According to the National Oceanic and Atmospheric Administration, 2019 was the hottest year ever recorded for Oahu. A separate study from the City and County of Honolulu found the hottest day ever recorded also happened last year. And the trend suggests temperatures will continue to rise.
On Aug. 31, the city's Office of Climate Change, Sustainability and Resiliency performed the first Community Heat Assessment. The study would help city officials identify areas experiencing hotter temperatures.
The study found the maximum heat index in several Oʻahu communities was more than 100℉ -- with Waimalu Plaza Shopping Center recording the highest temperature at 107.3℉.
Other areas experiencing hot temperatures included: Ala Moana, Kahala, Hawaiʻi Kai, Waimānalo, Māʻili, Pearl Ridge and Nānākuli.
According to the National Weather Service, 273 daily temperature records were tied or broken across the state in 2019. One hundred thirty five of those days set new records.
"We are going to be headed to even hotter years. We just broke all the records last year," said Josh Stanbro, Honolulu's chief resilience officer.
"By all indications, that's the new normal. So that's why we have to take action immediately to try to reverse that trend. We have to completely slam on the brakes in terms of burning carbon fuels for our energy source."
During a press conference Wednesday, Mayor Kirk Caldwell told reporters increasing the city's tree canopy will help cool communities. He said there was a 10 degree difference between Ala Moana Shopping Center and Magic Island.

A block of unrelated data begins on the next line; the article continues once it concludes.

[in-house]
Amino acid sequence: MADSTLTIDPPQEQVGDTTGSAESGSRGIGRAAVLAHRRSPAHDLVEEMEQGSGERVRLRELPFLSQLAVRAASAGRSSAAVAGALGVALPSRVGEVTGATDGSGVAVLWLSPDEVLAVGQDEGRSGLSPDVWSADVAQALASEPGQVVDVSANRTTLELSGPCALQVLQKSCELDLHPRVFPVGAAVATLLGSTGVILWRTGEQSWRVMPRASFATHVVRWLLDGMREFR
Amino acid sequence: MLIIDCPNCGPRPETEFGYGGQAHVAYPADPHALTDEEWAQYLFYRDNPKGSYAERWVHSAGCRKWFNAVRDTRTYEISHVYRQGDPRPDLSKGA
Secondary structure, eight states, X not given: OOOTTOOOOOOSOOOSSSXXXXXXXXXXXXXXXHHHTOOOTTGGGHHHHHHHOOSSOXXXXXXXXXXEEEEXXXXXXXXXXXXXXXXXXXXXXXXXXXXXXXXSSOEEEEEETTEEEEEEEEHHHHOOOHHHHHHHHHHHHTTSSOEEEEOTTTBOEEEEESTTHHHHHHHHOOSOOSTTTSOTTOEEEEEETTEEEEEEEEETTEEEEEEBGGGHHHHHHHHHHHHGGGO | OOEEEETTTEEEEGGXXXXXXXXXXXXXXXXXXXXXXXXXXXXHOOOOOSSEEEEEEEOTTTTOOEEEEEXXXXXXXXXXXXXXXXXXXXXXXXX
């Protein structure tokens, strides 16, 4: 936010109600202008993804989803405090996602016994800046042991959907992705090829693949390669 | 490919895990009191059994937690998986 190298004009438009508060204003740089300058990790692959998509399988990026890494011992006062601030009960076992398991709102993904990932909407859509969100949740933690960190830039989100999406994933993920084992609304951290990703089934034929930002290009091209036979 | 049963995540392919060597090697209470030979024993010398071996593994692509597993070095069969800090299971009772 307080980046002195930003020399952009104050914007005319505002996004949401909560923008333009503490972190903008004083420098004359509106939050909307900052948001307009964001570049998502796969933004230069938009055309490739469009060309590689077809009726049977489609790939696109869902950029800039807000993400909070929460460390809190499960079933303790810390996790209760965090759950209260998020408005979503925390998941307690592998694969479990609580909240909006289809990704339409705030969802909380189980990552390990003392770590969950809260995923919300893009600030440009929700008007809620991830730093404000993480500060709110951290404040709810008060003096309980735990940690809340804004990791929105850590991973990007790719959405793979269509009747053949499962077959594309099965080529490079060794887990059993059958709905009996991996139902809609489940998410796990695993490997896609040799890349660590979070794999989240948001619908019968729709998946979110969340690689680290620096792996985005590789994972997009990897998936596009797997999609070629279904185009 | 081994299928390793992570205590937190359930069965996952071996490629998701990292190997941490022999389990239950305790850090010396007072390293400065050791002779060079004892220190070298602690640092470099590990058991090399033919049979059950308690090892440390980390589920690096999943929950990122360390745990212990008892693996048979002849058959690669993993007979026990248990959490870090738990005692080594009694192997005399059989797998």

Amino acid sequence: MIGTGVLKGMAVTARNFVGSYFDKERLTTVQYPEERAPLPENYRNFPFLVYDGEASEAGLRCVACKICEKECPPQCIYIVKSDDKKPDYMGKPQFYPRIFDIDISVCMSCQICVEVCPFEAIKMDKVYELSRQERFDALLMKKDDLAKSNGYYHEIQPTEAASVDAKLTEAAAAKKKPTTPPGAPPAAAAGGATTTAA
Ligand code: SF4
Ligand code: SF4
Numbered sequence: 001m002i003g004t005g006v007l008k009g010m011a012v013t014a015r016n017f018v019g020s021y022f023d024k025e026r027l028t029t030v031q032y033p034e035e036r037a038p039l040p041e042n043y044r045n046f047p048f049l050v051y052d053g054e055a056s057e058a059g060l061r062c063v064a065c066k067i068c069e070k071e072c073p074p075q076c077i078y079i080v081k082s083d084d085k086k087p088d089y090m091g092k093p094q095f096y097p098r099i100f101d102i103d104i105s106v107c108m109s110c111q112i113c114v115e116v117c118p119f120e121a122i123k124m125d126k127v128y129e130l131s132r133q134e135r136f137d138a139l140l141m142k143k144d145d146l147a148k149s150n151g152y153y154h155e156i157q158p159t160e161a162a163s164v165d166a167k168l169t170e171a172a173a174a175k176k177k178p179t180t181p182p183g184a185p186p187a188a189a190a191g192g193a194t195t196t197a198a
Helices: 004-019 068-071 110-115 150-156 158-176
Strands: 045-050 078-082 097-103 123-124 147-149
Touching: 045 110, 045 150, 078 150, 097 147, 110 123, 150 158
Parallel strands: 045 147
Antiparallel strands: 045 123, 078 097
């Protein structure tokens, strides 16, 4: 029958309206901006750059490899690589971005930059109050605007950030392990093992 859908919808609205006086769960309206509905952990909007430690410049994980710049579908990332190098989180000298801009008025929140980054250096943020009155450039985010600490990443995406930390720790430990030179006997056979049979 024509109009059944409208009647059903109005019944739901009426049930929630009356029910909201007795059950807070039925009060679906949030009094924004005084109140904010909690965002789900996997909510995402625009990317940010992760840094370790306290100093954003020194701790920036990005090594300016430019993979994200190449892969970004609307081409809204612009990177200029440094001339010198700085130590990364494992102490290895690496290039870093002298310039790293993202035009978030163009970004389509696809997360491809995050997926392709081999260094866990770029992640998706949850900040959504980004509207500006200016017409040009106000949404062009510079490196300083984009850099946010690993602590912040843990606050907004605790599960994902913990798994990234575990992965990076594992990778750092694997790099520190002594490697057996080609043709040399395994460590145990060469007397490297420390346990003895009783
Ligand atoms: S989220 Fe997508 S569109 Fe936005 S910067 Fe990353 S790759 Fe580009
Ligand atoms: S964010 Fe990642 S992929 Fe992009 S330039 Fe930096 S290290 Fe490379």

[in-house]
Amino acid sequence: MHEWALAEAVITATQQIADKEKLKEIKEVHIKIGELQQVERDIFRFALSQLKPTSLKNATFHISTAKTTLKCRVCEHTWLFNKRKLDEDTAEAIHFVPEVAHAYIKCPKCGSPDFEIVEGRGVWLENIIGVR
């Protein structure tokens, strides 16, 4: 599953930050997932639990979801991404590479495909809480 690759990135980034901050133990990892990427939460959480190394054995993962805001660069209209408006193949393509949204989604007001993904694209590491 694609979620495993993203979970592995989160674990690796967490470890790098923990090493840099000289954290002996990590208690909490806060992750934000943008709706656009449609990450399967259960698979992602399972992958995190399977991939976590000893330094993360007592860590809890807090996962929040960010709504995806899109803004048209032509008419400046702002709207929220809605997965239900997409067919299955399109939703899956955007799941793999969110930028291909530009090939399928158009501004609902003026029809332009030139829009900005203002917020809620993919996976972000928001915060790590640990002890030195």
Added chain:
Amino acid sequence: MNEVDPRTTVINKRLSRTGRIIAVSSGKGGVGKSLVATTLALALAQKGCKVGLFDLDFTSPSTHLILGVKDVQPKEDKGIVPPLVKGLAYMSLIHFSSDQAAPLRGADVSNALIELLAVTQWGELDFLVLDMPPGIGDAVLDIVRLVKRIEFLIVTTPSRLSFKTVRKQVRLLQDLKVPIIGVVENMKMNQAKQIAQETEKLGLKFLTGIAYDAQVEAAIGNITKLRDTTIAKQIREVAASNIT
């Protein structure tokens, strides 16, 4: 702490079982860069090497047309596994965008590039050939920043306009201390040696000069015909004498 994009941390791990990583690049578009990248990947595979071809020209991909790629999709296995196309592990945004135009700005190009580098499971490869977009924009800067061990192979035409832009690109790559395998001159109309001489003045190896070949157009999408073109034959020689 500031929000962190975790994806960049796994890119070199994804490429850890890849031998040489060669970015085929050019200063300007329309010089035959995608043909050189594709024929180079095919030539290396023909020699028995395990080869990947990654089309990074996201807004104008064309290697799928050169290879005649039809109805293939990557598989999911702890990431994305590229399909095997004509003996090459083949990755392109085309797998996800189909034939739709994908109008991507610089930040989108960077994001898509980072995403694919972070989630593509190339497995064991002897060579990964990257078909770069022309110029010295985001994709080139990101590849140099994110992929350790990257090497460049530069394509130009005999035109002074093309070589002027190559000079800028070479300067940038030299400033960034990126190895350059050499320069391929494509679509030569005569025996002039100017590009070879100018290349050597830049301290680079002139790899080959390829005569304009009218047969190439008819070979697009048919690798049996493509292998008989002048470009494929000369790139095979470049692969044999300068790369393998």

Although the cooling effects of trees will take time, city officials are advising residents to protect themselves from the heat in the meantime, especially children and the elderly.
"The time you need to be most prepared is between 10 a.m. and 3 p.m.," said Jim Howe, city emergency services director. "Every one of our lifeguards here knows that when you're out at the beach, the first place you go is you go for the shade. So you want to stay in the shade, and you want to stay well-hydrated."
Howe advised surfers and stand-up paddleboarders to drink a liter of water before heading out. He also urged residents to not leave children or pets in a locked car on a hot day.
More information about the study can be found at resilientoahu.org.